Javier’s Milei’s election sparks the debate on how a nation should be administered back to the main scene, the Austrian school’s most prominent practitioner today likes to move against the current, could his strategy work? Although speaking broadly about Austrian economics may lead to diversions to philosophy, this article intends to abstain from such discourse and instead dive into a policy analysis of its implications and proposal for macro-stability on the fiscal and monetary pillars of a modern nation, relying solely on its economic facade. Milei’s upcoming mandate will prove vital in determining the future of these ideas as he takes on a country with a 150% inflation rate, over 50% poverty rate, and a 90% debt-to-gdp ratio. It is therefore a good opportunity for challenging conventional the Keynesian deficit-based wisdom. So what is his line of thought? What is he proposing to ensure macro-stability in Argentina? Could he impose his policies as the hegemonic line of thought in a continent as volatile as Latin America?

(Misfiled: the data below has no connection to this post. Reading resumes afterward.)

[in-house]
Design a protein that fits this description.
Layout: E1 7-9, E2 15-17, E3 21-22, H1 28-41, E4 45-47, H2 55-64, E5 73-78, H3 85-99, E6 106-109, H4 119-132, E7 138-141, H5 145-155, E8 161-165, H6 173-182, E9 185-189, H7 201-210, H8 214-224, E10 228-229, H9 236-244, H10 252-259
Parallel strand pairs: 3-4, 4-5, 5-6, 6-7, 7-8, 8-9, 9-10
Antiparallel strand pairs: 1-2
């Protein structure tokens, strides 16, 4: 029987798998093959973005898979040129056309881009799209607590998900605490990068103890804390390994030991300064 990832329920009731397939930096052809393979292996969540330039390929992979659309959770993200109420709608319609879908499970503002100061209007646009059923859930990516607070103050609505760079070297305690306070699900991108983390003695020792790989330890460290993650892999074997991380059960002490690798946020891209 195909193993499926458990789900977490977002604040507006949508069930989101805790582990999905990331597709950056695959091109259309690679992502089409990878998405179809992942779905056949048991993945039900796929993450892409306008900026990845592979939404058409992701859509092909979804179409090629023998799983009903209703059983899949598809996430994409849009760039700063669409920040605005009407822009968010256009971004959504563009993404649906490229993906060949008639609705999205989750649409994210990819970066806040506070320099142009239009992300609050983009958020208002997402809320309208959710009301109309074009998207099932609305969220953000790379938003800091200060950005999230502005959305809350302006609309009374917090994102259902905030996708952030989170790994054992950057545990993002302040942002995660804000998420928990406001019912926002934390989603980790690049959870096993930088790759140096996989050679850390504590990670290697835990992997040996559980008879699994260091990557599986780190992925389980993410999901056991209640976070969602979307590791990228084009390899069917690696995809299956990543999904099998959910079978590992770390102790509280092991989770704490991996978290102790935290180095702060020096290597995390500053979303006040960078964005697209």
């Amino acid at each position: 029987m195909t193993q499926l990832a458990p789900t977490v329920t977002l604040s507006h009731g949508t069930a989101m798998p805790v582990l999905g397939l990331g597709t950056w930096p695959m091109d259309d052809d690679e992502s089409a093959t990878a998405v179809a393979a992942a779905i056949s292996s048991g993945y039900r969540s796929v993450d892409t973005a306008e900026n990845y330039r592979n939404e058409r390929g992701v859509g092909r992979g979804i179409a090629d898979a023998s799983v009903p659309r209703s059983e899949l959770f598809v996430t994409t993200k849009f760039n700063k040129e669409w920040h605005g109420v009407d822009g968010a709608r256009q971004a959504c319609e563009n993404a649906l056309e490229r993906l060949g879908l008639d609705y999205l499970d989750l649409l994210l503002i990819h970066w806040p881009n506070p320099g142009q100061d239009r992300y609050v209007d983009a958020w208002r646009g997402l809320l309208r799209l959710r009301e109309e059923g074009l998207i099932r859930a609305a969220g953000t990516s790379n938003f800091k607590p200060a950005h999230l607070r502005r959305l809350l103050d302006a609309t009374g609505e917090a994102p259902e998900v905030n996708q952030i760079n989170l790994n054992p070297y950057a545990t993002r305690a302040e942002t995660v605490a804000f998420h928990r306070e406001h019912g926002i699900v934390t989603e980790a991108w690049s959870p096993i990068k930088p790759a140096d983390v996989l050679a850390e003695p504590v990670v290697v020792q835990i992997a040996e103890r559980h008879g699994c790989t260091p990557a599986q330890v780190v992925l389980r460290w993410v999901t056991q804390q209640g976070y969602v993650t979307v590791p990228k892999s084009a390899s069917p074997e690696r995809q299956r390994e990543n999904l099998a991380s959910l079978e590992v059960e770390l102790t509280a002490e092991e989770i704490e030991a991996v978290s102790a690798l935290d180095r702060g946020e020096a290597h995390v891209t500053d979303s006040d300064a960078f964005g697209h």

It is important to first define broadly Austrian economics, and to separate it from the more philosophical conceptions of libertarianism. The Austrian school is a school of economic thought which adheres to methodological individualism and limited intervention. On the fiscal spectrum, it promotes strict spending austerity, and minimal taxation. On the monetary spectrum it radically opposes conventional central banking concepts and methods, as will be outlined later in this article. There is a significant overlap in the propositions with libertarianism, which deals with the questions of value and individual freedoms, but englobes a larger domain, since it is a political philosophy. More often than not, libertarians are adherents to Austrian economics, and one could say that policies promoted by Austrian economists are inherently built on libertarian ideals. Argentina is the first country in modern times to have a government deeply adhered to libertarian ideals and the Austrian school. What follows is an examination of the libertarian economic policies promoted by Javier Milei to counteract the current state of Argentina.